The New Jersey Turnpike doesn’t go to Philadelphia it goes from the George Washington Bridge, allllll the way up on 178th Street, in Manhattan to Delaware, just bit south of Wilmington. U.S. 1 and I-95 go through Philadelphia. It’s NOT an Interstate highway south of exit 6. Or even a U.S. highway.

          https://en.wikipedia.org/wiki/New_Jersey_Turnpike#/map/0

          Google Downtown West notwithstanding, SJ does not have the available office space to do this,

          I’ll see your Google Downtown and raise you Hudson Yards. Or Apple Park and 111 Eighth, Google’s Manhattan office building.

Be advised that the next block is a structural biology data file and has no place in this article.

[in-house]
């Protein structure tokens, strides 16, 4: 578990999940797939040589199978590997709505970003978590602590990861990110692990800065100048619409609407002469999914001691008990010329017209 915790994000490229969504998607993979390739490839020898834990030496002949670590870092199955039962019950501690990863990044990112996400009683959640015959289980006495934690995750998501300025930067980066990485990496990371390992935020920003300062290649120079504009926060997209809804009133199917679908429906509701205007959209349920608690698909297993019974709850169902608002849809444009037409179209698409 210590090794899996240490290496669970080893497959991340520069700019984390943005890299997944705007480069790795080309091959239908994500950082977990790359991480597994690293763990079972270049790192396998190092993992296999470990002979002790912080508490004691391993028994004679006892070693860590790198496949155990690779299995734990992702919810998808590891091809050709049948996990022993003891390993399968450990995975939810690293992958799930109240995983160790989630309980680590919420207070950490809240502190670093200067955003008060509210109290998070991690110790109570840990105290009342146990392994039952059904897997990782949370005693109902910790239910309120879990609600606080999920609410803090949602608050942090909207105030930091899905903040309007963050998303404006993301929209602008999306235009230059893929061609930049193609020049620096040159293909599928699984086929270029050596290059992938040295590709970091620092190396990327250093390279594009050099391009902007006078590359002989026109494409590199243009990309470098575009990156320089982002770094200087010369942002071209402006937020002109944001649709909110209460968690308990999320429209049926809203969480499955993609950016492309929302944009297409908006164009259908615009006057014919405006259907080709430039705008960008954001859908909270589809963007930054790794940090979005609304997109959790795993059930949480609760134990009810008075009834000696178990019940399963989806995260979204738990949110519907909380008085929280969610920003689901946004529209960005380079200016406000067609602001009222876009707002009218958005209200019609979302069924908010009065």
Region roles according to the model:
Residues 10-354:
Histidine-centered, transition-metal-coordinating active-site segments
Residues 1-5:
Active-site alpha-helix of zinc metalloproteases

https://en.wikipedia.org/wiki/111_Eighth_Avenue
          Last I heard Google wants to gobble up the former Nabisco bakery. The NIMBY’s are up in arms that people may be working in a ……factory building…

          • Tiercelet

            Eh, the point was the copy change; sorry if I fudged the details a hair!

            Actually, 111 8th Ave is a great example of what I’m talking about. In *one block* Google gets nearly 3x the usable square footage of its 42-acre Bay View campus. *That* is transit-oriented scale & density, and what San Jose needs to start pushing if it actually wants to become the jobs center/main destination of the Bay Area. But it won’t, because “parking” and “character” and “I’ve got mine, no one else can move here any more (and gimme the windfall from the suckers who try anyway).”